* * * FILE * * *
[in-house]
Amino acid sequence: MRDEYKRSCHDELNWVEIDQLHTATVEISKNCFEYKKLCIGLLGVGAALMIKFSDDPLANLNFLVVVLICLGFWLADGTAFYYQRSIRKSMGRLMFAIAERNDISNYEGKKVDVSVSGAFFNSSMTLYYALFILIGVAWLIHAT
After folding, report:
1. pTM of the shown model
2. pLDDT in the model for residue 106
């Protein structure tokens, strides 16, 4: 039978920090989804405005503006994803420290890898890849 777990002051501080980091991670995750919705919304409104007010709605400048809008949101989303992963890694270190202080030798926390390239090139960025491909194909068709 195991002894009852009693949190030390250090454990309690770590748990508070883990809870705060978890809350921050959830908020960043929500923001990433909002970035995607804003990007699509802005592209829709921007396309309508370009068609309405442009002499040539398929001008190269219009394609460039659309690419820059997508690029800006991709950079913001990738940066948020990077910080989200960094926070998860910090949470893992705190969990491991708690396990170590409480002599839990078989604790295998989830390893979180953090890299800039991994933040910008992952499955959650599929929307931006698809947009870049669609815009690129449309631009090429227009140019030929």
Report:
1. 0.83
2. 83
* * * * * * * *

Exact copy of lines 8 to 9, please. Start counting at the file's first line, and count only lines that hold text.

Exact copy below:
1. 0.83
2. 83